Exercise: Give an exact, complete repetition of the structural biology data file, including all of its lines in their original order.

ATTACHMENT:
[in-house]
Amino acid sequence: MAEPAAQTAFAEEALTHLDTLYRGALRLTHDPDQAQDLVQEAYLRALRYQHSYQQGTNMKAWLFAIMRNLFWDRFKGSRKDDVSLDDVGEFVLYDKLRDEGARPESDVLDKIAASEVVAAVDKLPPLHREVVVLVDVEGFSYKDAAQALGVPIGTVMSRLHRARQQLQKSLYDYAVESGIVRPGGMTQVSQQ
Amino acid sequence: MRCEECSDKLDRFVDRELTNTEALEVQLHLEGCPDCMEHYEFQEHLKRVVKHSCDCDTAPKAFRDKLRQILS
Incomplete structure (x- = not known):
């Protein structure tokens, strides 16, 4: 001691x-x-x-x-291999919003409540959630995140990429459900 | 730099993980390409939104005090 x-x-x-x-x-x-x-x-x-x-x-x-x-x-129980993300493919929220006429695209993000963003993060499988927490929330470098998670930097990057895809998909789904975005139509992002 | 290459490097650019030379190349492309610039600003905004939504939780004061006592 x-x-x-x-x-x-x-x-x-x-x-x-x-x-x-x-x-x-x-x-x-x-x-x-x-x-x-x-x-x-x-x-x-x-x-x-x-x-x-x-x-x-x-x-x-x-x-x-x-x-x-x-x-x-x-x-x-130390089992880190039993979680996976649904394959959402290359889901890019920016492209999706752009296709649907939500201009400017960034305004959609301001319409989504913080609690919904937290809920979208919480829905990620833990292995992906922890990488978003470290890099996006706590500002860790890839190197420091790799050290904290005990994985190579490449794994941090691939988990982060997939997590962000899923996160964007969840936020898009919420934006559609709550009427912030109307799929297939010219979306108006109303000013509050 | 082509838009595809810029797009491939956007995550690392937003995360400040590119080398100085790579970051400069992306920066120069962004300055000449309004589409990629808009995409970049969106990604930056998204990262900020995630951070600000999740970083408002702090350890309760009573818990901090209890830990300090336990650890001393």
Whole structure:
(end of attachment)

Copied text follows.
[in-house]
Amino acid sequence: MAEPAAQTAFAEEALTHLDTLYRGALRLTHDPDQAQDLVQEAYLRALRYQHSYQQGTNMKAWLFAIMRNLFWDRFKGSRKDDVSLDDVGEFVLYDKLRDEGARPESDVLDKIAASEVVAAVDKLPPLHREVVVLVDVEGFSYKDAAQALGVPIGTVMSRLHRARQQLQKSLYDYAVESGIVRPGGMTQVSQQ
Amino acid sequence: MRCEECSDKLDRFVDRELTNTEALEVQLHLEGCPDCMEHYEFQEHLKRVVKHSCDCDTAPKAFRDKLRQILS
Incomplete structure (x- = not known):
């Protein structure tokens, strides 16, 4: 001691x-x-x-x-291999919003409540959630995140990429459900 | 730099993980390409939104005090 x-x-x-x-x-x-x-x-x-x-x-x-x-x-129980993300493919929220006429695209993000963003993060499988927490929330470098998670930097990057895809998909789904975005139509992002 | 290459490097650019030379190349492309610039600003905004939504939780004061006592 x-x-x-x-x-x-x-x-x-x-x-x-x-x-x-x-x-x-x-x-x-x-x-x-x-x-x-x-x-x-x-x-x-x-x-x-x-x-x-x-x-x-x-x-x-x-x-x-x-x-x-x-x-x-x-x-x-130390089992880190039993979680996976649904394959959402290359889901890019920016492209999706752009296709649907939500201009400017960034305004959609301001319409989504913080609690919904937290809920979208919480829905990620833990292995992906922890990488978003470290890099996006706590500002860790890839190197420091790799050290904290005990994985190579490449794994941090691939988990982060997939997590962000899923996160964007969840936020898009919420934006559609709550009427912030109307799929297939010219979306108006109303000013509050 | 082509838009595809810029797009491939956007995550690392937003995360400040590119080398100085790579970051400069992306920066120069962004300055000449309004589409990629808009995409970049969106990604930056998204990262900020995630951070600000999740970083408002702090350890309760009573818990901090209890830990300090336990650890001393």
Whole structure: